Joseph Palermo: We elected a Democratic governor and Democratic majorities in the State Assembly and the Senate. Yet five members of the Republican minority once again are in the driver’s seat and they’re determined to run the state right over the cliff.
Ivan Eland: To keep with the bipartisan spirit after the Gabrielle Giffords’ assassination attempt and also to avoid partisan fighting over spending priorities, which will bog down and probably eventually kill any significant budget cuts, all government programs should be cut by 15 percent from last year’s budget level, including heretofore sacred defense and entitlement programs.
Robert Reich: The Republican strategy is to split the vast middle and working class – pitting unionized workers against non-unionized, public-sector workers against non-public, older workers within sight of Medicare and Social Security against younger workers who don’t believe these programs will be there for them, and the poor against the working middle class.
Ron Wolff: California’s “new” (but experienced) governor is bringing some urgently needed honesty and fresh thinking to the budgeting process in a state weary of smoke, mirrors, a two-thirds requirement in the legislature for tax increases, and the ravages of a recession imposed largely by external forces.
Randy Shaw: Unfortunately, the media’s excessive and irrational devotion to school chiefs as saviors for the nation’s schools ignores the reality that no school chief, can overcome inadequate school funding by running schools like corporate turnaround specialists, and fetishizing their importance distracts from schools’ real needs. Education seems to be the only field where rising to the top requires no experience. Careers spent in the profit-driven corporate world are now identified as the best backgrounds for public school leadership.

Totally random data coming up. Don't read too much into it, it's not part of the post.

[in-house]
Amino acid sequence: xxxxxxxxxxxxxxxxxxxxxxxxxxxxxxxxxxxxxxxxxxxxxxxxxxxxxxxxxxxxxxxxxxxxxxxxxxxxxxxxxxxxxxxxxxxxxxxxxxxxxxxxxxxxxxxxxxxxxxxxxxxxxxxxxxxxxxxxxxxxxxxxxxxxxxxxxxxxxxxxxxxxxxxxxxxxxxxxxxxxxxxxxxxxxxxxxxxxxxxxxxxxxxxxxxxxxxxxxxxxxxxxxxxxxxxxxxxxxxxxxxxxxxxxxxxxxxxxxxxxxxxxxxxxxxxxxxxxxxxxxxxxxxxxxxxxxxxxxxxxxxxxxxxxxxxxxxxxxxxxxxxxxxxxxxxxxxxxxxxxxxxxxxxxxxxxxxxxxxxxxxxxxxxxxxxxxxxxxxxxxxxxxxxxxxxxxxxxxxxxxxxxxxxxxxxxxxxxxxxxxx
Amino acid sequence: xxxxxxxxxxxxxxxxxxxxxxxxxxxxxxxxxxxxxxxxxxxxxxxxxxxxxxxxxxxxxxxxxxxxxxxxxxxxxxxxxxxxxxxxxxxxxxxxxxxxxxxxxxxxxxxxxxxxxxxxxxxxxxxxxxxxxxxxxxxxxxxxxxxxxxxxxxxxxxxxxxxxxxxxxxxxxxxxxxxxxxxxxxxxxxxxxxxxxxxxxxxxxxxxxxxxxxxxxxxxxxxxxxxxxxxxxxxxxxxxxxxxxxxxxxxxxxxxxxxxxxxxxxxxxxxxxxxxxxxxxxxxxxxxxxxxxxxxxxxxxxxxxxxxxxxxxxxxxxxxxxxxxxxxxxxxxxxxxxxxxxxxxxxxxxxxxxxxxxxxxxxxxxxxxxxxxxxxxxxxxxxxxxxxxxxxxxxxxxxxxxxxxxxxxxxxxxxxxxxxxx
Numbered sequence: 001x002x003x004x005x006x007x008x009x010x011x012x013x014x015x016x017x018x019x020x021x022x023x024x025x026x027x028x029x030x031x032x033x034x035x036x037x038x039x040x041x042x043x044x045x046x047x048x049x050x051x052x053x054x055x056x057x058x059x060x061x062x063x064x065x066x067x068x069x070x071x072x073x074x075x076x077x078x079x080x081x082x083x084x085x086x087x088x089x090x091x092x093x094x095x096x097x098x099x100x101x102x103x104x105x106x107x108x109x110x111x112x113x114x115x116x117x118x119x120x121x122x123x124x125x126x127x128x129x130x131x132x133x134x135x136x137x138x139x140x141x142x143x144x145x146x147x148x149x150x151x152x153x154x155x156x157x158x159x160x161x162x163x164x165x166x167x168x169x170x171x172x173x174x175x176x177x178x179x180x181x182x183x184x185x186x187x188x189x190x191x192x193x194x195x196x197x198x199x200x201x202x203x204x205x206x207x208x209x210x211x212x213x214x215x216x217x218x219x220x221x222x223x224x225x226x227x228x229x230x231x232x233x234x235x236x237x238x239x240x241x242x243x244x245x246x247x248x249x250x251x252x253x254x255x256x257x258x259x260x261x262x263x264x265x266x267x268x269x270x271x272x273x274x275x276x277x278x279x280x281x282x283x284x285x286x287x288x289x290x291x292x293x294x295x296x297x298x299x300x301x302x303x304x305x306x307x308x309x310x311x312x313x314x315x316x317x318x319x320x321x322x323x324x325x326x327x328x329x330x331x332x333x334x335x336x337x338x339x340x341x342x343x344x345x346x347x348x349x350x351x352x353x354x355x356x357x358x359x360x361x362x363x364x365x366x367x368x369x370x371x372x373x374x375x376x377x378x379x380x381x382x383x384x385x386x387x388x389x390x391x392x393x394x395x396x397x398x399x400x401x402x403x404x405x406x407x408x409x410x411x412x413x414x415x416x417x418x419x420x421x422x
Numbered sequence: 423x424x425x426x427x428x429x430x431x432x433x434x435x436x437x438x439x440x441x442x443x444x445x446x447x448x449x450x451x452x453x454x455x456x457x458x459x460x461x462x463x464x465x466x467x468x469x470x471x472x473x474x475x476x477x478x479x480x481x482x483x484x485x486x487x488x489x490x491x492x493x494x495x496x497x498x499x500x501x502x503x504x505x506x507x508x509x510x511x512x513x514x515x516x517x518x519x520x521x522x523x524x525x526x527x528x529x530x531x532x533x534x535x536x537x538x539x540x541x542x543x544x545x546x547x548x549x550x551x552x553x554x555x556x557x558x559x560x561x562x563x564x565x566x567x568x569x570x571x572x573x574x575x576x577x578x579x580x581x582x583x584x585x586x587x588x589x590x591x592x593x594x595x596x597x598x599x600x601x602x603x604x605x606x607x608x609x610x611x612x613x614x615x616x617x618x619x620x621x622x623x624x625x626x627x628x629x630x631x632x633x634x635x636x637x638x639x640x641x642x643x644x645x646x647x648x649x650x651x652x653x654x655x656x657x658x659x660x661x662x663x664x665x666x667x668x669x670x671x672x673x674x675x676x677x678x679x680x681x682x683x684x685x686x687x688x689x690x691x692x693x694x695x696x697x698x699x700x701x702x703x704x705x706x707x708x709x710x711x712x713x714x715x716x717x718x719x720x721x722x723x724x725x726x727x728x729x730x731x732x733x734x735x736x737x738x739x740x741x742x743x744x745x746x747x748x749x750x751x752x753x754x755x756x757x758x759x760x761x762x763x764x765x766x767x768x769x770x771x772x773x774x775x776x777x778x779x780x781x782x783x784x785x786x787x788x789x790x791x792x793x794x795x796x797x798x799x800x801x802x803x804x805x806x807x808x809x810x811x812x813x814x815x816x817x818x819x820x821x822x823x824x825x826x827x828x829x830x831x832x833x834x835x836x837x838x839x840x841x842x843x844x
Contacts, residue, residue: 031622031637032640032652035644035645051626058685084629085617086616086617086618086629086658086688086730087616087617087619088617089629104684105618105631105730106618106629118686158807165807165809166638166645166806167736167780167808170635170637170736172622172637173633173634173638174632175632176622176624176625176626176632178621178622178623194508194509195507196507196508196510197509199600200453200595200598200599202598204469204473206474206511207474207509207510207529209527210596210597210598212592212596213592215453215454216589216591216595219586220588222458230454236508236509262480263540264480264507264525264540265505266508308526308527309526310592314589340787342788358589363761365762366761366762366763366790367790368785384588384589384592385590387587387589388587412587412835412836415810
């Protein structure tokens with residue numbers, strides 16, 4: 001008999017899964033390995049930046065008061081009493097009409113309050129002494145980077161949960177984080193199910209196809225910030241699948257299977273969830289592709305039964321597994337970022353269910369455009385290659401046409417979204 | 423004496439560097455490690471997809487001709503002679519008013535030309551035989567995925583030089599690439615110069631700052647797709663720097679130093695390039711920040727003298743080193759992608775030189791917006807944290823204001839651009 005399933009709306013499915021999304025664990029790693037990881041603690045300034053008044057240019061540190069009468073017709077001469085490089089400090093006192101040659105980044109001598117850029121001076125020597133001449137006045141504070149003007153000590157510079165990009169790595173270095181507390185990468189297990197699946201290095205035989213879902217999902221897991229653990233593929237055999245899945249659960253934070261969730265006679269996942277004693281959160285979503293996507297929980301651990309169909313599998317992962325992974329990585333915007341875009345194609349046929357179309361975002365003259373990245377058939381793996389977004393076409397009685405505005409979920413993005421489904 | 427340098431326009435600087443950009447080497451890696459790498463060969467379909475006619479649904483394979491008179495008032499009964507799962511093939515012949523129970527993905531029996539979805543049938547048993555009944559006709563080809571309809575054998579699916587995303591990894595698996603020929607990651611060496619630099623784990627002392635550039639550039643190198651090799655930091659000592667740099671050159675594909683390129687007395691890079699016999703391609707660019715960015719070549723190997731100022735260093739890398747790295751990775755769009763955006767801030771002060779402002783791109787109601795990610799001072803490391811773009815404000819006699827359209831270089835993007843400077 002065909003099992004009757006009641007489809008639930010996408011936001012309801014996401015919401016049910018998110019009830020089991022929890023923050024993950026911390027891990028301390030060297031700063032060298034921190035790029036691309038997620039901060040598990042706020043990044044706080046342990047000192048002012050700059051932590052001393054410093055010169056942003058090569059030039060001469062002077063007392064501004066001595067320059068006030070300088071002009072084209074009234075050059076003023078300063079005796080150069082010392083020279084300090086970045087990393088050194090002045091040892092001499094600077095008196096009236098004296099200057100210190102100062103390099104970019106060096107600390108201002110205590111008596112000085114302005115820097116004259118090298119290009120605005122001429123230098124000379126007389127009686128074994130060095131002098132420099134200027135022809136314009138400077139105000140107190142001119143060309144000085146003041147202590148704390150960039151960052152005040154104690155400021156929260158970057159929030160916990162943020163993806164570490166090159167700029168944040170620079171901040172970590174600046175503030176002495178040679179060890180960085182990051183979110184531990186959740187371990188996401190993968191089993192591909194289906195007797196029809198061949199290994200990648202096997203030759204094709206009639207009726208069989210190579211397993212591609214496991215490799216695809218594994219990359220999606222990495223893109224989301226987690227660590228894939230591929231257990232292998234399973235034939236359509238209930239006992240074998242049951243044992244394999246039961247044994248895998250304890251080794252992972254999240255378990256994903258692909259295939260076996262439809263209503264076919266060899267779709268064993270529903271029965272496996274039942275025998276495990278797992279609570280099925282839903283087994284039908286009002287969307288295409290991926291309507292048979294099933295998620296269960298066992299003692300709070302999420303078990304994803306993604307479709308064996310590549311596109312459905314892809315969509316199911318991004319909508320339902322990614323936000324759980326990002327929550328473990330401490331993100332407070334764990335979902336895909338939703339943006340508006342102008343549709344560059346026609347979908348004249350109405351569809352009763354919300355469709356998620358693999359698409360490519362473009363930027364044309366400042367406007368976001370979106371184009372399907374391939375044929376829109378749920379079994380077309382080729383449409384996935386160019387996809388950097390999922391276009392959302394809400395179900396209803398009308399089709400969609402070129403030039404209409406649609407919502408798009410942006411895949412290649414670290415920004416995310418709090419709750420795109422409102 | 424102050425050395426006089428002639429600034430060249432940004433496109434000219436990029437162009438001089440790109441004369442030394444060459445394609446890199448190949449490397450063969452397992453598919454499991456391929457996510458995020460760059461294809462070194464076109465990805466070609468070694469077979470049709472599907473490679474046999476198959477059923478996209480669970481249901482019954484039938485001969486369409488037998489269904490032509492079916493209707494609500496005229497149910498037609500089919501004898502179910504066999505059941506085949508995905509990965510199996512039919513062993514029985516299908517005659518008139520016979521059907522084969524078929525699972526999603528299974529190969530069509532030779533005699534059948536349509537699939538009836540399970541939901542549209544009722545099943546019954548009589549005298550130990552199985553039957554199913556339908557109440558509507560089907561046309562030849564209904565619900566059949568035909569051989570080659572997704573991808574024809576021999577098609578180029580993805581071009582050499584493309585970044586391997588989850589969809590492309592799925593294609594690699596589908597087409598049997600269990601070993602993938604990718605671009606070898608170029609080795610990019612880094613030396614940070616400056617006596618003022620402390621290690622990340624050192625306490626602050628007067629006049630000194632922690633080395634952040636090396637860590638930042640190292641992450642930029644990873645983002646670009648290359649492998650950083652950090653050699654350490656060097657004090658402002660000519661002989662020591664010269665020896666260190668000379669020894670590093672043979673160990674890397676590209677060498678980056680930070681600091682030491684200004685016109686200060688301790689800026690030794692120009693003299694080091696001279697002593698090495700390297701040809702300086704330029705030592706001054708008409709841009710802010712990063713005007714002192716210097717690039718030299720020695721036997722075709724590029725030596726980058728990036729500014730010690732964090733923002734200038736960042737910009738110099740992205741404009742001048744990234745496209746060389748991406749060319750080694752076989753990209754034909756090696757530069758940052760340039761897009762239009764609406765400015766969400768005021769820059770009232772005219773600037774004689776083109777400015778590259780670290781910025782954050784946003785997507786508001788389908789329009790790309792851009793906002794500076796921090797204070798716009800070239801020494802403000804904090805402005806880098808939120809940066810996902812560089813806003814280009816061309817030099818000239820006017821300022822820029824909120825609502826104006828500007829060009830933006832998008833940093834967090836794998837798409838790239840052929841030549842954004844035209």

Paul Hogarth: Proposition 25 was put on by labor unions and the Democratic Party, and political consultant Roger Salazar has been retained. Liberal bloggers and other progressives are skeptical, with some going so far as to claim it doesn’t make sense to get a majority for the budget – if raising taxes we need would still require a two-thirds vote.
Nea Friberg-Price & Jed Von Dielingen: Because our school makes these cuts strictly on seniority, it’s always the newer teachers who go, the ones who connect so much better with us students. Athough we like and respect our older, more experienced teachers, these younger ones are more flexible in their teaching plans and are closer to us in age, so they understand us so much better. So we’re terribly sad to see their teaching careers end, at least for now.
Shamus Cooke: The budget crisis phenomenon is international, and the international corporate elite are sharing ideas on how best to come out of the crisis unscathed. They’re blaming the recession itself on public employees, on “greedy” workers who earn the tiniest fraction of what rich shareholders make by doing nothing.